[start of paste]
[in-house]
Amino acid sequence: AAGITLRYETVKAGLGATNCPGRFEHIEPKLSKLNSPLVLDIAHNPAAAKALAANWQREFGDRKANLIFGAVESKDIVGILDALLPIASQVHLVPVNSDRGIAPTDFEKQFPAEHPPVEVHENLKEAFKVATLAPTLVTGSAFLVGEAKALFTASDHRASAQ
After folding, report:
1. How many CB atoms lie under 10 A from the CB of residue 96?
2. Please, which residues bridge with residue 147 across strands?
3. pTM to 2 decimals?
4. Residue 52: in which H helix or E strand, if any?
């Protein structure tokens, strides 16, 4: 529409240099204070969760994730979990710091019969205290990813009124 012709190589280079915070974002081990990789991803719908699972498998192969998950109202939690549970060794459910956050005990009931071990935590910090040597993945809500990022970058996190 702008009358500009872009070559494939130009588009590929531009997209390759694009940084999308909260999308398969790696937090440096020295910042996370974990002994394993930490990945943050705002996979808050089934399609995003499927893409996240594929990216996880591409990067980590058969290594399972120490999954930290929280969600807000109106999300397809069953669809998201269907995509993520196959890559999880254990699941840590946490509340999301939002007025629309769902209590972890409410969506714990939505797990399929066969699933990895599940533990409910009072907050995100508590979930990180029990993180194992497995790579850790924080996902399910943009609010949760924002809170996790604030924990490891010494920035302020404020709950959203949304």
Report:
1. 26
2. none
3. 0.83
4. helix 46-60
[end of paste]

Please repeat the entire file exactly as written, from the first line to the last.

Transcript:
[in-house]
Amino acid sequence: AAGITLRYETVKAGLGATNCPGRFEHIEPKLSKLNSPLVLDIAHNPAAAKALAANWQREFGDRKANLIFGAVESKDIVGILDALLPIASQVHLVPVNSDRGIAPTDFEKQFPAEHPPVEVHENLKEAFKVATLAPTLVTGSAFLVGEAKALFTASDHRASAQ
After folding, report:
1. How many CB atoms lie under 10 A from the CB of residue 96?
2. Please, which residues bridge with residue 147 across strands?
3. pTM to 2 decimals?
4. Residue 52: in which H helix or E strand, if any?
């Protein structure tokens, strides 16, 4: 529409240099204070969760994730979990710091019969205290990813009124 012709190589280079915070974002081990990789991803719908699972498998192969998950109202939690549970060794459910956050005990009931071990935590910090040597993945809500990022970058996190 702008009358500009872009070559494939130009588009590929531009997209390759694009940084999308909260999308398969790696937090440096020295910042996370974990002994394993930490990945943050705002996979808050089934399609995003499927893409996240594929990216996880591409990067980590058969290594399972120490999954930290929280969600807000109106999300397809069953669809998201269907995509993520196959890559999880254990699941840590946490509340999301939002007025629309769902209590972890409410969506714990939505797990399929066969699933990895599940533990409910009072907050995100508590979930990180029990993180194992497995790579850790924080996902399910943009609010949760924002809170996790604030924990490891010494920035302020404020709950959203949304």
Report:
1. 26
2. none
3. 0.83
4. helix 46-60